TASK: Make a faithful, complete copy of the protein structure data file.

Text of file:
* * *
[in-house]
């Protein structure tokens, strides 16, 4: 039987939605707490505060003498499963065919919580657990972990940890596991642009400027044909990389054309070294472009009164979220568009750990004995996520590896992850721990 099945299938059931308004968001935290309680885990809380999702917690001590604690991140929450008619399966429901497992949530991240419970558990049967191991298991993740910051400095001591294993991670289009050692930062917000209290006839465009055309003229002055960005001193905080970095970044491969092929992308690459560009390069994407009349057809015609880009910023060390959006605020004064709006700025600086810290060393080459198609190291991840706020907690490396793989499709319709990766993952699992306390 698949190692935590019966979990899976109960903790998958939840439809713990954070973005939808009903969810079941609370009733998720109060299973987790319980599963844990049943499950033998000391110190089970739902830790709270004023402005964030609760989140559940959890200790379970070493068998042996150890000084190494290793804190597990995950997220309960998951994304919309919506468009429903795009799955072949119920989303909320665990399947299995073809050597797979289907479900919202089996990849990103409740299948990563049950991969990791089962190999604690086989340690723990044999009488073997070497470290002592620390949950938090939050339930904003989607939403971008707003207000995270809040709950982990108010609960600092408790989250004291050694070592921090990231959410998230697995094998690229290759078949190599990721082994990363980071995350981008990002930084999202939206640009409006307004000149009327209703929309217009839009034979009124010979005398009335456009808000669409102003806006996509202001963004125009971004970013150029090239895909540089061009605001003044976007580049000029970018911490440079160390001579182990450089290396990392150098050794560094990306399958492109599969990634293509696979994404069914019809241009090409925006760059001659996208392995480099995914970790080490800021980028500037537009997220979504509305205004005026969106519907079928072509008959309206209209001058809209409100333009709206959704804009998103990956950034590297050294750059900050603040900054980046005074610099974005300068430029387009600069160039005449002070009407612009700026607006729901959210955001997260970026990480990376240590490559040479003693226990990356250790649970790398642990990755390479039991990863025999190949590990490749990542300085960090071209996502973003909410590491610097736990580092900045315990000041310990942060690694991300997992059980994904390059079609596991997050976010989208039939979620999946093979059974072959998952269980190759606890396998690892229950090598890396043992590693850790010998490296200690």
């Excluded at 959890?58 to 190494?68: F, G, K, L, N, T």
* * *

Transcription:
[in-house]
């Protein structure tokens, strides 16, 4: 039987939605707490505060003498499963065919919580657990972990940890596991642009400027044909990389054309070294472009009164979220568009750990004995996520590896992850721990 099945299938059931308004968001935290309680885990809380999702917690001590604690991140929450008619399966429901497992949530991240419970558990049967191991298991993740910051400095001591294993991670289009050692930062917000209290006839465009055309003229002055960005001193905080970095970044491969092929992308690459560009390069994407009349057809015609880009910023060390959006605020004064709006700025600086810290060393080459198609190291991840706020907690490396793989499709319709990766993952699992306390 698949190692935590019966979990899976109960903790998958939840439809713990954070973005939808009903969810079941609370009733998720109060299973987790319980599963844990049943499950033998000391110190089970739902830790709270004023402005964030609760989140559940959890200790379970070493068998042996150890000084190494290793804190597990995950997220309960998951994304919309919506468009429903795009799955072949119920989303909320665990399947299995073809050597797979289907479900919202089996990849990103409740299948990563049950991969990791089962190999604690086989340690723990044999009488073997070497470290002592620390949950938090939050339930904003989607939403971008707003207000995270809040709950982990108010609960600092408790989250004291050694070592921090990231959410998230697995094998690229290759078949190599990721082994990363980071995350981008990002930084999202939206640009409006307004000149009327209703929309217009839009034979009124010979005398009335456009808000669409102003806006996509202001963004125009971004970013150029090239895909540089061009605001003044976007580049000029970018911490440079160390001579182990450089290396990392150098050794560094990306399958492109599969990634293509696979994404069914019809241009090409925006760059001659996208392995480099995914970790080490800021980028500037537009997220979504509305205004005026969106519907079928072509008959309206209209001058809209409100333009709206959704804009998103990956950034590297050294750059900050603040900054980046005074610099974005300068430029387009600069160039005449002070009407612009700026607006729901959210955001997260970026990480990376240590490559040479003693226990990356250790649970790398642990990755390479039991990863025999190949590990490749990542300085960090071209996502973003909410590491610097736990580092900045315990000041310990942060690694991300997992059980994904390059079609596991997050976010989208039939979620999946093979059974072959998952269980190759606890396998690892229950090598890396043992590693850790010998490296200690």
């Excluded at 959890?58 to 190494?68: F, G, K, L, N, T």